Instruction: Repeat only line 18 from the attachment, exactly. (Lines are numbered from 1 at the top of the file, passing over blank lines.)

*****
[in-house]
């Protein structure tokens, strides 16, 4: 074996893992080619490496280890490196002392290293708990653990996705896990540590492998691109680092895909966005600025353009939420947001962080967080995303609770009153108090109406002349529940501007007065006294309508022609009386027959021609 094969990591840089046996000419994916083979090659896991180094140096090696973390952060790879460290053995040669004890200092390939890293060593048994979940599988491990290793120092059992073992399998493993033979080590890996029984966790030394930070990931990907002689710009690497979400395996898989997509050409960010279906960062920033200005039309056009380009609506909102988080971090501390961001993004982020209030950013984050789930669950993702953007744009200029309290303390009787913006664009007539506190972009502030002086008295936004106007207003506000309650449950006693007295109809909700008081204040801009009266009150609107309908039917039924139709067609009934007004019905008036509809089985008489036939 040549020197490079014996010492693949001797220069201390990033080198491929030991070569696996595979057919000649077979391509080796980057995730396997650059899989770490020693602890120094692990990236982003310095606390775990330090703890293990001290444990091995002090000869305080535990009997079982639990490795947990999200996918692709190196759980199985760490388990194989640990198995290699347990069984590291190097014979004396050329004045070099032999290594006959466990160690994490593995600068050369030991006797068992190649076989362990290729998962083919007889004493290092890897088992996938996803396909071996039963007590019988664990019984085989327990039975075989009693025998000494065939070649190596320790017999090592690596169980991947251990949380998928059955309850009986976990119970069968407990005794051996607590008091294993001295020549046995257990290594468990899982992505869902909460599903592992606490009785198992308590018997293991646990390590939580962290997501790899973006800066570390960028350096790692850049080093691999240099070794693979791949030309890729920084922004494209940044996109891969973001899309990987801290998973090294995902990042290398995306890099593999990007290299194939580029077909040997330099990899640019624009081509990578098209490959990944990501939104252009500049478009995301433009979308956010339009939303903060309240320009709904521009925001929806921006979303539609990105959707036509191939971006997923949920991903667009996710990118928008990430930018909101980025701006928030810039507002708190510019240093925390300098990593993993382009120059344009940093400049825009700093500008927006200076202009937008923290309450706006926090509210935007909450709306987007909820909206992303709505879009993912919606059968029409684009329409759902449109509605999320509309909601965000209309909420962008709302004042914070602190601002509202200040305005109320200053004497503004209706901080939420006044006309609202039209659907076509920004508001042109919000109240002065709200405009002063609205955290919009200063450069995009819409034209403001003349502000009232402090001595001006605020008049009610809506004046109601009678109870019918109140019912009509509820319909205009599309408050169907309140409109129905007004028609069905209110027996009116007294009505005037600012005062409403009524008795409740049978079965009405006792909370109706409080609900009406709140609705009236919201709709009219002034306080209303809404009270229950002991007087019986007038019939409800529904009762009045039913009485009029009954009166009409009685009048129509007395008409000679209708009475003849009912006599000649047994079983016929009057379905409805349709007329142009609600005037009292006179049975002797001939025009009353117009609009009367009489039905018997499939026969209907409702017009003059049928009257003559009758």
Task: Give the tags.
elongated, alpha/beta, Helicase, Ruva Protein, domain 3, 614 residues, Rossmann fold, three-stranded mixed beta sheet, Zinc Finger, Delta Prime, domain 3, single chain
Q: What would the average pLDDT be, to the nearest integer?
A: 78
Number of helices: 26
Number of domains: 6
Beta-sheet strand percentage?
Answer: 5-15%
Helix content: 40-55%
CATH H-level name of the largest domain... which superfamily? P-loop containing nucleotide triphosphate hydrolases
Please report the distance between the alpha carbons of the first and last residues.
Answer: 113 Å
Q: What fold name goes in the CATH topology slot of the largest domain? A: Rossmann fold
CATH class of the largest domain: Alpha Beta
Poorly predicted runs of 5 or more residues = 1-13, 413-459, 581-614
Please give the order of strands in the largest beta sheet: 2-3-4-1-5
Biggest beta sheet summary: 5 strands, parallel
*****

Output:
Please give the order of strands in the largest beta sheet: 2-3-4-1-5